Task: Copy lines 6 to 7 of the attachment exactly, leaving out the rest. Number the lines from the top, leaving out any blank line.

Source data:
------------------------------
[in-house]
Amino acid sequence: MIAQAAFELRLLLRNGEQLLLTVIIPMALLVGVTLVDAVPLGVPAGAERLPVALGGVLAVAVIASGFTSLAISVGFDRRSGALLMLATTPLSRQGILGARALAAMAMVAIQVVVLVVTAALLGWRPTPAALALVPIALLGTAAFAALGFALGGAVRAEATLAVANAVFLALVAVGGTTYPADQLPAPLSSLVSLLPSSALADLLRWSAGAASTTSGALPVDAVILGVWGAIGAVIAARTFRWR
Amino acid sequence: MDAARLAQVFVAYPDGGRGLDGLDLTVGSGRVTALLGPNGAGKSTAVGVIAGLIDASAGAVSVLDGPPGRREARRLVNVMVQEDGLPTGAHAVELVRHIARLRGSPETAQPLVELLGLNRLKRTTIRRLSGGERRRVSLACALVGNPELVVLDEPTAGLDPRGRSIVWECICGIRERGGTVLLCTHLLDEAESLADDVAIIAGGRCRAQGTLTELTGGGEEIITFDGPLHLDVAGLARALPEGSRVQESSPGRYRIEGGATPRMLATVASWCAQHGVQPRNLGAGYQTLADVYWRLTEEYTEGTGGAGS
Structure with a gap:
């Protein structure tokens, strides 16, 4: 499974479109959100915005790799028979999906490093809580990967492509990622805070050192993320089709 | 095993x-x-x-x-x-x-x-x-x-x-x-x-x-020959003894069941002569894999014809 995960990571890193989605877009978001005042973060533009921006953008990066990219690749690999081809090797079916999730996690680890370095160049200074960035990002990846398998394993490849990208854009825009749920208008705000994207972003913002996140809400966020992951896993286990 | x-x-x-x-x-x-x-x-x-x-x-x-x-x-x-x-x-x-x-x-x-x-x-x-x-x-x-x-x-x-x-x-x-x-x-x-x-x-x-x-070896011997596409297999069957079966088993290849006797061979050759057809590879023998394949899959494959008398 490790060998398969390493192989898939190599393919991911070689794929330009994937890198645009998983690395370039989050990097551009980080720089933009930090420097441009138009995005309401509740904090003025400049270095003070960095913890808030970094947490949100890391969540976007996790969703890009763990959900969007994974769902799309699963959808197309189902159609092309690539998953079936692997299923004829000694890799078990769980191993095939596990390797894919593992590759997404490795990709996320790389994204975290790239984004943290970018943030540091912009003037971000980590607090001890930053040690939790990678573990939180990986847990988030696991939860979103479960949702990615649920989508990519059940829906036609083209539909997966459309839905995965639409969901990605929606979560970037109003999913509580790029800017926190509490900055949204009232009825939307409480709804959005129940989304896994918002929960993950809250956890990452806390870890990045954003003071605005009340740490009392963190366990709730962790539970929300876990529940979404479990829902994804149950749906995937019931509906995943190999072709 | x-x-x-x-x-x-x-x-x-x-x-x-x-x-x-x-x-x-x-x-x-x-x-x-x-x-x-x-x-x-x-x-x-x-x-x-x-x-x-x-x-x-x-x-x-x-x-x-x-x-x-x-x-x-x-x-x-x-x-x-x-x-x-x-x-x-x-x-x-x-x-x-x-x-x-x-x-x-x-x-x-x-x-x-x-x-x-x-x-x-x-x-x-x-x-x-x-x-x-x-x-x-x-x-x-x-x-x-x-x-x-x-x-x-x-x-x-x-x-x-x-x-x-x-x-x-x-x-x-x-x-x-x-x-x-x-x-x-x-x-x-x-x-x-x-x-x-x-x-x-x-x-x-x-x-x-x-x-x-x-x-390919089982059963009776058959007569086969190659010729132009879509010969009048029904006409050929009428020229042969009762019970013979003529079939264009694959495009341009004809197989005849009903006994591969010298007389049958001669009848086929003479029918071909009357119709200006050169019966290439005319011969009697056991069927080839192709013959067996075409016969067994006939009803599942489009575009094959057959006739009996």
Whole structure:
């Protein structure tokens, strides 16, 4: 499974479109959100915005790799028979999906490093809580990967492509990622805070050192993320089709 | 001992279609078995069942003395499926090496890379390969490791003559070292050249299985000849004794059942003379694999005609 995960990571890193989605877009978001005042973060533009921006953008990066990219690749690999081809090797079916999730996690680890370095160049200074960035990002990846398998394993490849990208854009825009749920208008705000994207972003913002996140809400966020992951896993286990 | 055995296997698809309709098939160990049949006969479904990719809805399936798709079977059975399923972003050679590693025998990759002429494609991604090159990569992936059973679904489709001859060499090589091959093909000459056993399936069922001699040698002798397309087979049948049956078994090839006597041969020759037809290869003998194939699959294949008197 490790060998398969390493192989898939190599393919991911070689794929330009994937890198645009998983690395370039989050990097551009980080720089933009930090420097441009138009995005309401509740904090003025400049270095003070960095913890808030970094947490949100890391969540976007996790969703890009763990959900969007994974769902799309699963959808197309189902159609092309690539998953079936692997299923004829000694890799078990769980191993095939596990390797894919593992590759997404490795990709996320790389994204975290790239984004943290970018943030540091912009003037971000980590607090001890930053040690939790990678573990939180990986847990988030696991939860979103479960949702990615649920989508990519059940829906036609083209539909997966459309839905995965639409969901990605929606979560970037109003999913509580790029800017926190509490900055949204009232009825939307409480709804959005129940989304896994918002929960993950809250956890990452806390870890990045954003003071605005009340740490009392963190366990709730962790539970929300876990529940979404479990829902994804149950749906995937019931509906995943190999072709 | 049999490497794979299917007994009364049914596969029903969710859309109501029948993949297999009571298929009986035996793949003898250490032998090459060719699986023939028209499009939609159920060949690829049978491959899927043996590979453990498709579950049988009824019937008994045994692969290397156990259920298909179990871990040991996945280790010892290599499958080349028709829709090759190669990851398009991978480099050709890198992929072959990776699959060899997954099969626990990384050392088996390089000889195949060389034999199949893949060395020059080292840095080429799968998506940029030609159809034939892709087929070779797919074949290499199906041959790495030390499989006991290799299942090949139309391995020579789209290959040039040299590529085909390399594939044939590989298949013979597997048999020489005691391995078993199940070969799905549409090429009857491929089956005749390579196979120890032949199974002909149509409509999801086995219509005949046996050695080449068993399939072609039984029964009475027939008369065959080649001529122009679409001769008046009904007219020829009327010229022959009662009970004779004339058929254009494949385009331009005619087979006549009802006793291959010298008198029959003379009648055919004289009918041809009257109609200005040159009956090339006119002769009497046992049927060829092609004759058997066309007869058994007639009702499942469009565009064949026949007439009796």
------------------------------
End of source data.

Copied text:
Whole structure:
């Protein structure tokens, strides 16, 4: 499974479109959100915005790799028979999906490093809580990967492509990622805070050192993320089709 | 001992279609078995069942003395499926090496890379390969490791003559070292050249299985000849004794059942003379694999005609 995960990571890193989605877009978001005042973060533009921006953008990066990219690749690999081809090797079916999730996690680890370095160049200074960035990002990846398998394993490849990208854009825009749920208008705000994207972003913002996140809400966020992951896993286990 | 055995296997698809309709098939160990049949006969479904990719809805399936798709079977059975399923972003050679590693025998990759002429494609991604090159990569992936059973679904489709001859060499090589091959093909000459056993399936069922001699040698002798397309087979049948049956078994090839006597041969020759037809290869003998194939699959294949008197 490790060998398969390493192989898939190599393919991911070689794929330009994937890198645009998983690395370039989050990097551009980080720089933009930090420097441009138009995005309401509740904090003025400049270095003070960095913890808030970094947490949100890391969540976007996790969703890009763990959900969007994974769902799309699963959808197309189902159609092309690539998953079936692997299923004829000694890799078990769980191993095939596990390797894919593992590759997404490795990709996320790389994204975290790239984004943290970018943030540091912009003037971000980590607090001890930053040690939790990678573990939180990986847990988030696991939860979103479960949702990615649920989508990519059940829906036609083209539909997966459309839905995965639409969901990605929606979560970037109003999913509580790029800017926190509490900055949204009232009825939307409480709804959005129940989304896994918002929960993950809250956890990452806390870890990045954003003071605005009340740490009392963190366990709730962790539970929300876990529940979404479990829902994804149950749906995937019931509906995943190999072709 | 049999490497794979299917007994009364049914596969029903969710859309109501029948993949297999009571298929009986035996793949003898250490032998090459060719699986023939028209499009939609159920060949690829049978491959899927043996590979453990498709579950049988009824019937008994045994692969290397156990259920298909179990871990040991996945280790010892290599499958080349028709829709090759190669990851398009991978480099050709890198992929072959990776699959060899997954099969626990990384050392088996390089000889195949060389034999199949893949060395020059080292840095080429799968998506940029030609159809034939892709087929070779797919074949290499199906041959790495030390499989006991290799299942090949139309391995020579789209290959040039040299590529085909390399594939044939590989298949013979597997048999020489005691391995078993199940070969799905549409090429009857491929089956005749390579196979120890032949199974002909149509409509999801086995219509005949046996050695080449068993399939072609039984029964009475027939008369065959080649001529122009679409001769008046009904007219020829009327010229022959009662009970004779004339058929254009494949385009331009005619087979006549009802006793291959010298008198029959003379009648055919004289009918041809009257109609200005040159009956090339006119002769009497046992049927060829092609004759058997066309007869058994007639009702499942469009565009064949026949007439009796």